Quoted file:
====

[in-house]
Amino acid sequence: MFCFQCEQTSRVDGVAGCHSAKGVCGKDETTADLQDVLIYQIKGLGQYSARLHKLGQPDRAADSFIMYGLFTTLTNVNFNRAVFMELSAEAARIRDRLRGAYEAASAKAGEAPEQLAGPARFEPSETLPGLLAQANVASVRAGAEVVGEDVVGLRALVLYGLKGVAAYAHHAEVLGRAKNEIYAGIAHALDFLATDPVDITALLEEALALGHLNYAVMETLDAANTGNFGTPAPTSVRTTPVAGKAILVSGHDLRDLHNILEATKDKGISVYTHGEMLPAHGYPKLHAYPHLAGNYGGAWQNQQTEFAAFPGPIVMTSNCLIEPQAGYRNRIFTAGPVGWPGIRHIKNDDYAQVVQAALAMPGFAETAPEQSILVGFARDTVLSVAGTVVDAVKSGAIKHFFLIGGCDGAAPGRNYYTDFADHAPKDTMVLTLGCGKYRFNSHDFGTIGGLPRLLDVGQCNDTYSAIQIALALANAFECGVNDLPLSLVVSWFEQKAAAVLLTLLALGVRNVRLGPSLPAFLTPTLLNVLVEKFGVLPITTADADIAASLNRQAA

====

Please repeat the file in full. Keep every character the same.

[in-house]
Amino acid sequence: MFCFQCEQTSRVDGVAGCHSAKGVCGKDETTADLQDVLIYQIKGLGQYSARLHKLGQPDRAADSFIMYGLFTTLTNVNFNRAVFMELSAEAARIRDRLRGAYEAASAKAGEAPEQLAGPARFEPSETLPGLLAQANVASVRAGAEVVGEDVVGLRALVLYGLKGVAAYAHHAEVLGRAKNEIYAGIAHALDFLATDPVDITALLEEALALGHLNYAVMETLDAANTGNFGTPAPTSVRTTPVAGKAILVSGHDLRDLHNILEATKDKGISVYTHGEMLPAHGYPKLHAYPHLAGNYGGAWQNQQTEFAAFPGPIVMTSNCLIEPQAGYRNRIFTAGPVGWPGIRHIKNDDYAQVVQAALAMPGFAETAPEQSILVGFARDTVLSVAGTVVDAVKSGAIKHFFLIGGCDGAAPGRNYYTDFADHAPKDTMVLTLGCGKYRFNSHDFGTIGGLPRLLDVGQCNDTYSAIQIALALANAFECGVNDLPLSLVVSWFEQKAAAVLLTLLALGVRNVRLGPSLPAFLTPTLLNVLVEKFGVLPITTADADIAASLNRQAA